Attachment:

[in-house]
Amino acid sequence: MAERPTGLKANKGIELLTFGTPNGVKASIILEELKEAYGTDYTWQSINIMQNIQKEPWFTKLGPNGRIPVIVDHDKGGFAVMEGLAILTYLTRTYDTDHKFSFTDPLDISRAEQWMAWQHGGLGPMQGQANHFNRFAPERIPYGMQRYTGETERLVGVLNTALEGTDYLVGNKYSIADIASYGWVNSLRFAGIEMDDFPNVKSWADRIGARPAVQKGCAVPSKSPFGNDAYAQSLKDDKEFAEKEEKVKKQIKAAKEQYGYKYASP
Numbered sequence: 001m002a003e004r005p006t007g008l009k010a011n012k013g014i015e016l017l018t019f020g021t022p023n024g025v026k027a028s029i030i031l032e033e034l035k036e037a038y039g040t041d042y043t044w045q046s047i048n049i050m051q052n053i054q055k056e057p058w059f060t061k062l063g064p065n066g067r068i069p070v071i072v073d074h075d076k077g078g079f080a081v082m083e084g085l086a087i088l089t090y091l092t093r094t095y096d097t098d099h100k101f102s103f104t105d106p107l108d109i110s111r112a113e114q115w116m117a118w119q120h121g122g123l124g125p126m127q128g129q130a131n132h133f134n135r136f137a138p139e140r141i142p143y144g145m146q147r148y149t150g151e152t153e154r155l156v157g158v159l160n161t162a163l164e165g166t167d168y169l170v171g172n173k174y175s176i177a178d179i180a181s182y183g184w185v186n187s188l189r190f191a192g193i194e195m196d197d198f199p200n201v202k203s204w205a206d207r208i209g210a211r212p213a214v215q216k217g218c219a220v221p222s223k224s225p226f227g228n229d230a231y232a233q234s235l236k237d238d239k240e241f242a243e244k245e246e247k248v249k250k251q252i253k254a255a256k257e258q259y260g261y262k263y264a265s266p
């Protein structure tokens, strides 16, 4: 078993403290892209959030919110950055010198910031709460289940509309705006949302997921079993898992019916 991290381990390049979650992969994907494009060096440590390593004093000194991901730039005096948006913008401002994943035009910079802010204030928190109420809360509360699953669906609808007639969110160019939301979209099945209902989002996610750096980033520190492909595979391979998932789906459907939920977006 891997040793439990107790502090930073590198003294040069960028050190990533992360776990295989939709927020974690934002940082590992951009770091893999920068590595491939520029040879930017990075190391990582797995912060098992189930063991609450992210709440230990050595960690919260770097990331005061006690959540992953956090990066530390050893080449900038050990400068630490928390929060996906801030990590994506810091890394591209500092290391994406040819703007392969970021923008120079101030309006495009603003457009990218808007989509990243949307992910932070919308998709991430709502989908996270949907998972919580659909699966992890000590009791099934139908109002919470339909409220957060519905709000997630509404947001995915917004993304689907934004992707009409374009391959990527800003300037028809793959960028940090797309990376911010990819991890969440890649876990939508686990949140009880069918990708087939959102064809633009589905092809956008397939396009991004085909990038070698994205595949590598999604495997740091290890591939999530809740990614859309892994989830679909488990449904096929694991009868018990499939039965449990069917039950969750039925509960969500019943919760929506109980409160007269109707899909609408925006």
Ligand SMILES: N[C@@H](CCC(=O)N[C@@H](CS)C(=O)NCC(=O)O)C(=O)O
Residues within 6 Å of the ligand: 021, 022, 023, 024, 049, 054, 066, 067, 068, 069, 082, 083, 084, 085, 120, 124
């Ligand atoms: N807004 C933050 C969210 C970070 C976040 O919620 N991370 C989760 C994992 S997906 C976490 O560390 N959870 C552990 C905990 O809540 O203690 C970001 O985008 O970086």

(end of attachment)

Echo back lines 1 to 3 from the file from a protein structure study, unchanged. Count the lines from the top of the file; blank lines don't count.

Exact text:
[in-house]
Amino acid sequence: MAERPTGLKANKGIELLTFGTPNGVKASIILEELKEAYGTDYTWQSINIMQNIQKEPWFTKLGPNGRIPVIVDHDKGGFAVMEGLAILTYLTRTYDTDHKFSFTDPLDISRAEQWMAWQHGGLGPMQGQANHFNRFAPERIPYGMQRYTGETERLVGVLNTALEGTDYLVGNKYSIADIASYGWVNSLRFAGIEMDDFPNVKSWADRIGARPAVQKGCAVPSKSPFGNDAYAQSLKDDKEFAEKEEKVKKQIKAAKEQYGYKYASP
Numbered sequence: 001m002a003e004r005p006t007g008l009k010a011n012k013g014i015e016l017l018t019f020g021t022p023n024g025v026k027a028s029i030i031l032e033e034l035k036e037a038y039g040t041d042y043t044w045q046s047i048n049i050m051q052n053i054q055k056e057p058w059f060t061k062l063g064p065n066g067r068i069p070v071i072v073d074h075d076k077g078g079f080a081v082m083e084g085l086a087i088l089t090y091l092t093r094t095y096d097t098d099h100k101f102s103f104t105d106p107l108d109i110s111r112a113e114q115w116m117a118w119q120h121g122g123l124g125p126m127q128g129q130a131n132h133f134n135r136f137a138p139e140r141i142p143y144g145m146q147r148y149t150g151e152t153e154r155l156v157g158v159l160n161t162a163l164e165g166t167d168y169l170v171g172n173k174y175s176i177a178d179i180a181s182y183g184w185v186n187s188l189r190f191a192g193i194e195m196d197d198f199p200n201v202k203s204w205a206d207r208i209g210a211r212p213a214v215q216k217g218c219a220v221p222s223k224s225p226f227g228n229d230a231y232a233q234s235l236k237d238d239k240e241f242a243e244k245e246e247k248v249k250k251q252i253k254a255a256k257e258q259y260g261y262k263y264a265s266p